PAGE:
The osteoporosis study was shut down a few years in, it was never completed.



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avatar jim January 6, 2012 at 3:45 pm

Nice read , I love semantics . Those who say ” that’s just semantics ” demean the field as meaningless and unnecessary .

I’d say that this definition is a good start . We are at least 20 years away from ” exercise ” as a medical Rx / standard- of- care modality and this gets that conversation going toward shaping the dose through analysis of the response . My feeling is that ” muscle strength increases ” has a fairly low resolution as criterium but again a nice start .

Right now , and for several decades to come , preventive medicine is ” take your pill ” and ” have your colonoscopy ” but as even these prove too costly / providing an indefensible treat to cure ratio , ” exercise” may be mature enough to step in .


avatar jim January 7, 2012 at 10:22 am

I just want to add that a definition of exercise based on a measure of fitness for a hunter gatherer , while empiracally rational ( evolutionary genetics / laws of thermo dynamics ) in every aspect , is , in modern cultural context , almost silly . It feeds the objection to semantics as an end instead of the tool that it is in its best sense .

This is why I say that ” muscle strength ” per se is not your best criterium of definition for ” exercise ” . Ultimately it was a lack of comparative muscle strength that led to our ” evolutionary success ” . Hunter Gatherer had access to other more evolutionarily advantageous characteristics that allowed for his longevity and success e.g huge brain , communication and fire . In fact the most successful within such tribes were the most excused from the need for muscle strength per se . Think of The Mob as model , with their paid ” muscle” at the bottom of the heirarchy and even they use guns .

I suggest then that the measure of such a definition will have to change to some criterium more relevant to life as it is e.g. intelligence . I would guess that the obvious difference in the Renex Model is the IQ , Level of Education and Socioeconomic Status of its adherents . I think that a scientific survey in that regard would support that intuitive conclusion . Studies do show that you get smarter and more successful simply by affilliation and the implication is that this had / has epigenetic consequences . Of course , some biochemical test of this would be helpful and again , I predict that this test will exist in 20 years and the Renex cohort will lead the pack .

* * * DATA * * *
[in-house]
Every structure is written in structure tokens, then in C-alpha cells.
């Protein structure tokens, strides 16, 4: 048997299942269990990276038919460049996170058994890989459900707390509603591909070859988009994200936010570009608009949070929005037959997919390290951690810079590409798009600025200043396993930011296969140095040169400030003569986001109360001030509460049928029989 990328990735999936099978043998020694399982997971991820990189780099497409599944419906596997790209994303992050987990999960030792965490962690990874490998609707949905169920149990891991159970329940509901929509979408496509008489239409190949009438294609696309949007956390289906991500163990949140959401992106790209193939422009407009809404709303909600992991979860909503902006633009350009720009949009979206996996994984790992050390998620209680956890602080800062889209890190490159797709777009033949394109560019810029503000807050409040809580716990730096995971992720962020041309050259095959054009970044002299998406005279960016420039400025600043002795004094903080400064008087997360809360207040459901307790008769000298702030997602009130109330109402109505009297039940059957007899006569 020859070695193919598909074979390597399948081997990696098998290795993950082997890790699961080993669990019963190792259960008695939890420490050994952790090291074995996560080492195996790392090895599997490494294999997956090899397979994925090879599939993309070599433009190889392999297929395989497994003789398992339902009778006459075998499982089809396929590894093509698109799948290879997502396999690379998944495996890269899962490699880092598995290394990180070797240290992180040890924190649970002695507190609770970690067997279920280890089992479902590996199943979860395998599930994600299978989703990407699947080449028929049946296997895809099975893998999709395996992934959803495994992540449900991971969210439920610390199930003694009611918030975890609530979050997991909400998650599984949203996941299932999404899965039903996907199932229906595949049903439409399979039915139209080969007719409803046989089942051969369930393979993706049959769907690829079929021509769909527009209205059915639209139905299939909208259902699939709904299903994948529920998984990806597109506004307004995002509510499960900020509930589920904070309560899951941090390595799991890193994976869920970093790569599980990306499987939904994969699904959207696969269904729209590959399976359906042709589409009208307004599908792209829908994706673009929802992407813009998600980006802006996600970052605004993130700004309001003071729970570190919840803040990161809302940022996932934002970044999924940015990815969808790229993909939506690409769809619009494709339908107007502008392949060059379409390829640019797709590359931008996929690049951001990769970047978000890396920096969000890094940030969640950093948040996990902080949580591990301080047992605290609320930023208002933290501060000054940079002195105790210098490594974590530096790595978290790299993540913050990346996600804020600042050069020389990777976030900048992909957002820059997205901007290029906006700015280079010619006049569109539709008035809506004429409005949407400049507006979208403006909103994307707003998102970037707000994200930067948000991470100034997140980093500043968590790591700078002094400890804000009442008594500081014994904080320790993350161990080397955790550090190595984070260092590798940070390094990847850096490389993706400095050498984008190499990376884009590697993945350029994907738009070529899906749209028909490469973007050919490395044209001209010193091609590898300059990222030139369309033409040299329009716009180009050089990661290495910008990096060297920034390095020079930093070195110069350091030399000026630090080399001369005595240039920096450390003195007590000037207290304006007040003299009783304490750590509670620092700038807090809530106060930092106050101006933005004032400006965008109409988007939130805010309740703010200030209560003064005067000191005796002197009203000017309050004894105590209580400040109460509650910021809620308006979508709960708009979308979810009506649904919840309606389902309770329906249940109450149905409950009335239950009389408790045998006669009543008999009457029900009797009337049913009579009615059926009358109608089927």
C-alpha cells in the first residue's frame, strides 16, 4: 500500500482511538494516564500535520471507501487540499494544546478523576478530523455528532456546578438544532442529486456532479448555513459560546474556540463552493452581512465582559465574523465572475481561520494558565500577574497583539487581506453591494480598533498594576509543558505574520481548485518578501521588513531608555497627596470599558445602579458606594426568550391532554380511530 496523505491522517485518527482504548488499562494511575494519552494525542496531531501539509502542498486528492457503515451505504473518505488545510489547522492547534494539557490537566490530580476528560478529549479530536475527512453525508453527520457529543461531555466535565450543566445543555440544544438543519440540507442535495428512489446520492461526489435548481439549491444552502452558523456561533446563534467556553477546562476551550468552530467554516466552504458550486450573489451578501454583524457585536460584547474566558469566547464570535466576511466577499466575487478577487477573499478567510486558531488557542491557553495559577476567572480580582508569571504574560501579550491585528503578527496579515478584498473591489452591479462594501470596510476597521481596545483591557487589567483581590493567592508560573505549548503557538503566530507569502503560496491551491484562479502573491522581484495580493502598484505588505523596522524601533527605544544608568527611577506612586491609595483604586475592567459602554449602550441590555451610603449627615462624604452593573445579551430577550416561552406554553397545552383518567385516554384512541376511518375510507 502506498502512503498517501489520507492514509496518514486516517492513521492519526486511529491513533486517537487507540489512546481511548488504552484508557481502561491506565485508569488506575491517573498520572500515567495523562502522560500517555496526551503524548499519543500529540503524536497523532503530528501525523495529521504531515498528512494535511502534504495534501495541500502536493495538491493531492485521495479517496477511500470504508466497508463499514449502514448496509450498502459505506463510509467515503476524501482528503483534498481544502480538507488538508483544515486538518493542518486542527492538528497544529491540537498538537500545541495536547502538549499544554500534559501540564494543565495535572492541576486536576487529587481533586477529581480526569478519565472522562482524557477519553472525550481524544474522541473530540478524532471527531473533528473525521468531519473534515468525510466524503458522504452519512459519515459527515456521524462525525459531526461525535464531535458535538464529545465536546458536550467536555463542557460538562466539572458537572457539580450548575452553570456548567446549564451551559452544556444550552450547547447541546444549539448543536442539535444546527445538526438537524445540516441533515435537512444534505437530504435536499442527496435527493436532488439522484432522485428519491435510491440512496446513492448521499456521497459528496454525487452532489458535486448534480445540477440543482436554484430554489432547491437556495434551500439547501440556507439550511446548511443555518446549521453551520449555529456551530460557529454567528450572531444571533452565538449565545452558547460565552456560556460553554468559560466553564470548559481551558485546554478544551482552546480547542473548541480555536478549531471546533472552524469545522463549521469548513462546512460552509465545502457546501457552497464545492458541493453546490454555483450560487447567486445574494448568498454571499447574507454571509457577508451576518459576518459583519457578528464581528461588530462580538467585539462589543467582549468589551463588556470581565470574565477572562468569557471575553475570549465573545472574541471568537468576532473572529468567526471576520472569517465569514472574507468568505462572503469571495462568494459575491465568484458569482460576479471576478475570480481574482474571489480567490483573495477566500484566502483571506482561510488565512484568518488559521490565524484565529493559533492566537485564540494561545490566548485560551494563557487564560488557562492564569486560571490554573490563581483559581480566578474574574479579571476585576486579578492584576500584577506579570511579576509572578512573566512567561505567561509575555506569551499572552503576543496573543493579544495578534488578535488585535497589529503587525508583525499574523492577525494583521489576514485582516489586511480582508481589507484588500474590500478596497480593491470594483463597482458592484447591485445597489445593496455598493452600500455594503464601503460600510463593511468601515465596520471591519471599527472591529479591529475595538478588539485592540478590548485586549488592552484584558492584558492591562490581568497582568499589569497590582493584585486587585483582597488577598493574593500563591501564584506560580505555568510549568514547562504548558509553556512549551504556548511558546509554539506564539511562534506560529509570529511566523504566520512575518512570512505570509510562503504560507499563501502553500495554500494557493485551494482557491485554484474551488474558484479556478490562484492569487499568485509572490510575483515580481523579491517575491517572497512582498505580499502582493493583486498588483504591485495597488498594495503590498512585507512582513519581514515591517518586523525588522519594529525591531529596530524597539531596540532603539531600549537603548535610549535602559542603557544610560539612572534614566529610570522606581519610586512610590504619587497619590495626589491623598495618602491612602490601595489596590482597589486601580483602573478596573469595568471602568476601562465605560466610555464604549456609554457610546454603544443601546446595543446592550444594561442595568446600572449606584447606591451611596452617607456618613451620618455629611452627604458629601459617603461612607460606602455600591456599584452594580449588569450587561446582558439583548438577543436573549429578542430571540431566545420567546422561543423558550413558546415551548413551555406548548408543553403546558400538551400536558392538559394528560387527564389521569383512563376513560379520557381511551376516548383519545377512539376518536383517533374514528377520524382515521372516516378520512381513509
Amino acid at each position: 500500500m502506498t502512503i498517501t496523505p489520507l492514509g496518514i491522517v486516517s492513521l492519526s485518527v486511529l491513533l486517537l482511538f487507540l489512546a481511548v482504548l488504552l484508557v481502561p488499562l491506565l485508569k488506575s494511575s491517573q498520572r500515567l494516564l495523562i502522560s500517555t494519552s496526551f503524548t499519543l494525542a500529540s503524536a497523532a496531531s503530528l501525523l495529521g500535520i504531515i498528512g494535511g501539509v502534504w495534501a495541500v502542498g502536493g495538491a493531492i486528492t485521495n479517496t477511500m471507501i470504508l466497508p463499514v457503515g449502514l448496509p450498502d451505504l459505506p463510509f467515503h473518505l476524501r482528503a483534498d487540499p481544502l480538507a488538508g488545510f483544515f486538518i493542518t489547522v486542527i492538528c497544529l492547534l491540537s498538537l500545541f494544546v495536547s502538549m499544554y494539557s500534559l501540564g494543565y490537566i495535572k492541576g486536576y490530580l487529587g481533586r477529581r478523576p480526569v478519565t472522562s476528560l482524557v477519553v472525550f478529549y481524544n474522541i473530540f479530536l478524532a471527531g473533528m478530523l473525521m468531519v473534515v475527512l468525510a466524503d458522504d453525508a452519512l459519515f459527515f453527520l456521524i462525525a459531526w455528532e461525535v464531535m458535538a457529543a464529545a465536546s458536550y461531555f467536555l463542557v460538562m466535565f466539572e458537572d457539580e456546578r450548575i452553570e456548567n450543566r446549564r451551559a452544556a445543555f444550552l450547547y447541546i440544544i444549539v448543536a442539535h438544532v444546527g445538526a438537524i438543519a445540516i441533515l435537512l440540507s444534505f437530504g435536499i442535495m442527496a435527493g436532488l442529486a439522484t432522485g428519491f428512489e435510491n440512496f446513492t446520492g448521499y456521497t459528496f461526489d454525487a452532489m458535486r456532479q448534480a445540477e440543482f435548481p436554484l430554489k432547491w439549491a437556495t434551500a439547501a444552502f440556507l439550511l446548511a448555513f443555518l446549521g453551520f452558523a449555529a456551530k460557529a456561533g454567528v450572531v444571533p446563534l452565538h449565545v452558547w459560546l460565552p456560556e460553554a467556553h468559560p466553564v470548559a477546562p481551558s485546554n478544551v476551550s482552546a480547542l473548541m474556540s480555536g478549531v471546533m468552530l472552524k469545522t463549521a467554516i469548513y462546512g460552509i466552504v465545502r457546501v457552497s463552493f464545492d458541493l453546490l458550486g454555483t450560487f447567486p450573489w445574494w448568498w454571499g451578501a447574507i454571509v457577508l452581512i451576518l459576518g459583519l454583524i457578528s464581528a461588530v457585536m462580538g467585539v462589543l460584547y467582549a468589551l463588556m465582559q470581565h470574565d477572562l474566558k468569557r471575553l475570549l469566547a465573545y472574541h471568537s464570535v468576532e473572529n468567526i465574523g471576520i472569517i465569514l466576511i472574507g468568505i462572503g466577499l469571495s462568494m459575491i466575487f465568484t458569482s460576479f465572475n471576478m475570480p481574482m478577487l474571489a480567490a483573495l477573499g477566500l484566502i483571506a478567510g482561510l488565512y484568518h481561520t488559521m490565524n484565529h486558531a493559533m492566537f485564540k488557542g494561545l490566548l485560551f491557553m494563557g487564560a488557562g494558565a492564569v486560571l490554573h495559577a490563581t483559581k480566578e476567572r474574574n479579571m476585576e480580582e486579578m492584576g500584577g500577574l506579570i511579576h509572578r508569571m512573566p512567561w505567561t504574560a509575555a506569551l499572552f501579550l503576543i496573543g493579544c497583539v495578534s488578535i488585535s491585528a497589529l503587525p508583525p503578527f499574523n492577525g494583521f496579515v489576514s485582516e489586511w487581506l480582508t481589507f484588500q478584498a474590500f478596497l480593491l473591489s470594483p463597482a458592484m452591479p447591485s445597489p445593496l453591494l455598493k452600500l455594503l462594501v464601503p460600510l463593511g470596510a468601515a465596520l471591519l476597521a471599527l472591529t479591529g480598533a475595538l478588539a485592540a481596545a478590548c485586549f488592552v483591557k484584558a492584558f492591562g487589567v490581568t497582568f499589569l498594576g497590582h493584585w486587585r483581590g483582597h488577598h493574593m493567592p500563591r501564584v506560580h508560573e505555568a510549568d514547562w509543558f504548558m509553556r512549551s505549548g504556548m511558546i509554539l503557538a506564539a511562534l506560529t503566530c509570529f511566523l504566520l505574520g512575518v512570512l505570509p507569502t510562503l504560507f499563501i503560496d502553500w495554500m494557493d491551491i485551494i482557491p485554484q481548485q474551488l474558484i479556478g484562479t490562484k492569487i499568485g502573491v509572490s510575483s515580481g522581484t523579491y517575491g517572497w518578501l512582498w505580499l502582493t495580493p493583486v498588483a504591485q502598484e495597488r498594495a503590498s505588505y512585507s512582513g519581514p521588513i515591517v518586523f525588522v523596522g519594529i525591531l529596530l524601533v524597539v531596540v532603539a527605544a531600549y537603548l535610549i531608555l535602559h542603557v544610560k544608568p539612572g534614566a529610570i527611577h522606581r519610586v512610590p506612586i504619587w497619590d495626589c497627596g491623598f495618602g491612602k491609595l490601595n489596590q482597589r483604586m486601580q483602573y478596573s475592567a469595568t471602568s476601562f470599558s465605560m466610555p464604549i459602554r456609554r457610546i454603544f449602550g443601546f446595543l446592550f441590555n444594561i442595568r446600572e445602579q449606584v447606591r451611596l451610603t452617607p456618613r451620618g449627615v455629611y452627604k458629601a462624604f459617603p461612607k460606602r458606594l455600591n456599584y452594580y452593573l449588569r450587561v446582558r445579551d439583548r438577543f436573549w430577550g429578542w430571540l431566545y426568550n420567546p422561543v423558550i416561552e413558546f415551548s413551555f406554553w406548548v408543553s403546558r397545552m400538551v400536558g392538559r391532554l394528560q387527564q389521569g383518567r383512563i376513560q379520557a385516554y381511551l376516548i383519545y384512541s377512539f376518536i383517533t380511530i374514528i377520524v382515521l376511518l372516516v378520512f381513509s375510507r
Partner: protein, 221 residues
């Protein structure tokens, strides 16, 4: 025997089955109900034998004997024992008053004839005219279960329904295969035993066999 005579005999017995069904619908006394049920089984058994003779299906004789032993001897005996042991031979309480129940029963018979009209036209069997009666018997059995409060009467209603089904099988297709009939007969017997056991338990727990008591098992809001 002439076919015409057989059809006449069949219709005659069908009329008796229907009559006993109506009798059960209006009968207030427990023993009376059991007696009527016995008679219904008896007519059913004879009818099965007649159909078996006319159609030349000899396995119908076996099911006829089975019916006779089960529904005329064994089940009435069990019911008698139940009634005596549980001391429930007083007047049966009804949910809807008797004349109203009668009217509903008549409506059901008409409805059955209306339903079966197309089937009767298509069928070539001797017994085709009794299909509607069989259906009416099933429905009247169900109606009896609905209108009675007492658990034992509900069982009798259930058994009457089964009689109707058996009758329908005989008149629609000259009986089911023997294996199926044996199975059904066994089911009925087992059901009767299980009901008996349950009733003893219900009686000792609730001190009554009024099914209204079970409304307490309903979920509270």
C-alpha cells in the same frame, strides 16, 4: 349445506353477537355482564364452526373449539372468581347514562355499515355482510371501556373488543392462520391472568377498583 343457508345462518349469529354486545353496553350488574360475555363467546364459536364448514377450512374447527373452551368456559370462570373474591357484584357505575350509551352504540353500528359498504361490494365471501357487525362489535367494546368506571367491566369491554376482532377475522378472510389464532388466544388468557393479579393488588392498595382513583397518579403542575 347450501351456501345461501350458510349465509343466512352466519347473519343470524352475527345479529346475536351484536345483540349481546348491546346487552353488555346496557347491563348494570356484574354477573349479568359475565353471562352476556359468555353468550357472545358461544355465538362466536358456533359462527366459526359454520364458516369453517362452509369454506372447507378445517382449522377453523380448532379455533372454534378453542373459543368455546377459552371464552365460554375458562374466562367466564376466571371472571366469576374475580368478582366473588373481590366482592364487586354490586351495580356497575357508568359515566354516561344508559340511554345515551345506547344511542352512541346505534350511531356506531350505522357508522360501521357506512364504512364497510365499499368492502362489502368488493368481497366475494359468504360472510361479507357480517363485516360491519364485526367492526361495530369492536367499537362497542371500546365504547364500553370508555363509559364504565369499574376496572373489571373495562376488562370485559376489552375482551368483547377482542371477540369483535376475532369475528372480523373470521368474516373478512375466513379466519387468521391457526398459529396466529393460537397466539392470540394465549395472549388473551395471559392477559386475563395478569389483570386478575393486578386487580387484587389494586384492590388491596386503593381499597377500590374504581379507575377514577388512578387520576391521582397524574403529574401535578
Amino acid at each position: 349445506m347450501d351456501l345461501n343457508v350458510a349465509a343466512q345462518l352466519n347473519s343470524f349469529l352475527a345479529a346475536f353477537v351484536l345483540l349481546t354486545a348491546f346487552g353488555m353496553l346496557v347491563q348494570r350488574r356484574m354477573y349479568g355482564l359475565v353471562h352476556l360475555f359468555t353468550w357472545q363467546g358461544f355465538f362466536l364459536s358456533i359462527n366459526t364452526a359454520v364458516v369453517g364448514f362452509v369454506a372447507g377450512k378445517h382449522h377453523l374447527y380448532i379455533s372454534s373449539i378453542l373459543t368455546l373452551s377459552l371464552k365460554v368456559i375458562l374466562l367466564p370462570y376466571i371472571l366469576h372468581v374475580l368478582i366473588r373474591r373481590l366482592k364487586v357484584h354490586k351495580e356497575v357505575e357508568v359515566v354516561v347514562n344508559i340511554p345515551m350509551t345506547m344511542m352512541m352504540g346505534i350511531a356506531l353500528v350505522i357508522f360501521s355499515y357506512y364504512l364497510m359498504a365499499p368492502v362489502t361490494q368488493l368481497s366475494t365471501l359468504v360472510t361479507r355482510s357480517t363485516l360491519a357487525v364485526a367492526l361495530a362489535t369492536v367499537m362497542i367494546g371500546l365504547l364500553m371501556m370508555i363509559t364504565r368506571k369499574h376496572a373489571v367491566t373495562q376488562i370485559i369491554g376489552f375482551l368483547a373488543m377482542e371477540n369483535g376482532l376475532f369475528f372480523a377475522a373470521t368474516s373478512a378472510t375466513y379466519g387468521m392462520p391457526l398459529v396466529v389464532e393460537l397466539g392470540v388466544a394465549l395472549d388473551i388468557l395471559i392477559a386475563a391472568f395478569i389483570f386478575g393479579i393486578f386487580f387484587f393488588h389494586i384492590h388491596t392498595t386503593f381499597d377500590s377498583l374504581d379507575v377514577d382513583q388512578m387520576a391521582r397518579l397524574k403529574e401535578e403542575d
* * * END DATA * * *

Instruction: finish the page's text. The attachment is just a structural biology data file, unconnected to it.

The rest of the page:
avatar gus January 7, 2012 at 1:46 pm

I’d like to add something to my post.

Many people will claim that the Definition is merely a ‘description’ or an indication of what we think exercise should be. To this I would submit that any Definition is at least partially a description so, so what?

The trouble is that these days almost everything can be considered exercise. The broadness of the current definition includes everything from walking (which is just human locomotion after all), to training for the Olympics, to yoga, to using the “shake weight”. For many reasons, this is problematic and is part of the challenge of prescribing meaningful exercise to people to help improve their health.

The Definition is highly focused and intelligently crafted as a robust description of exercise that clearly articulates axioms as well providing a guide to successful human action. What may not be so obvious is that the Definition exists as part of a thorough continuum including the Exercise vs. Recreation argument. When the Definition is placed in the context of Exercise vs. Recreation, it is far less insular, more tolerant and surprisingly sympathetic to our modern day predilection to “be active”.

When you put exercise in its place (by defining it a thoroughly as this) things really are a hell of a lot simpler and more enjoyable, in general.



avatar Nathan January 12, 2012 at 4:05 pm

Hi Joshua,

Do you know of any facilities in the Los Angeles, CA area that are going to carry RenEx equipment? I would love to contact them and look into training with them.

Thank you,


avatar Joshua Trentine January 12, 2012 at 4:34 pm

Hi Nathan,

Thank You for your interest, there are none at this time.



avatar Tiffanie February 2, 2012 at 9:06 pm

“For resistance changes, barbell plates were placed on pronged weight arms or in steel baskets.”

Steel baskets…really? How would the weight from the basket itself impact the effectiveness of the machine. Seems kind of primitive (in a good way, of course, lol).